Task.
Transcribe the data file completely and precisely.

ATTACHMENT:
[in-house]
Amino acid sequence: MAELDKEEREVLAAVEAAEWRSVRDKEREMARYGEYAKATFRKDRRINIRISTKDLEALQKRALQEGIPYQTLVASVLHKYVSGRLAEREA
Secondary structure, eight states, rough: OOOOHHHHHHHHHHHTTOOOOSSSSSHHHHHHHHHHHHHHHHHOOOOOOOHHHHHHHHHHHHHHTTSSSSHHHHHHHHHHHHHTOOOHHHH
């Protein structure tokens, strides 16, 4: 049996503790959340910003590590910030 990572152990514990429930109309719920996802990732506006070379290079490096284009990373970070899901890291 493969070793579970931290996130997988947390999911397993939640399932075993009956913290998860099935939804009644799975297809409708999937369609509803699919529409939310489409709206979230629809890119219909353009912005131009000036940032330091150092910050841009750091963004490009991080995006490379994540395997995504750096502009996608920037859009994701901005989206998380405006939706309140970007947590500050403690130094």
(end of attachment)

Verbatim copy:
[in-house]
Amino acid sequence: MAELDKEEREVLAAVEAAEWRSVRDKEREMARYGEYAKATFRKDRRINIRISTKDLEALQKRALQEGIPYQTLVASVLHKYVSGRLAEREA
Secondary structure, eight states, rough: OOOOHHHHHHHHHHHTTOOOOSSSSSHHHHHHHHHHHHHHHHHOOOOOOOHHHHHHHHHHHHHHTTSSSSHHHHHHHHHHHHHTOOOHHHH
């Protein structure tokens, strides 16, 4: 049996503790959340910003590590910030 990572152990514990429930109309719920996802990732506006070379290079490096284009990373970070899901890291 493969070793579970931290996130997988947390999911397993939640399932075993009956913290998860099935939804009644799975297809409708999937369609509803699919529409939310489409709206979230629809890119219909353009912005131009000036940032330091150092910050841009750091963004490009991080995006490379994540395997995504750096502009996608920037859009994701901005989206998380405006939706309140970007947590500050403690130094």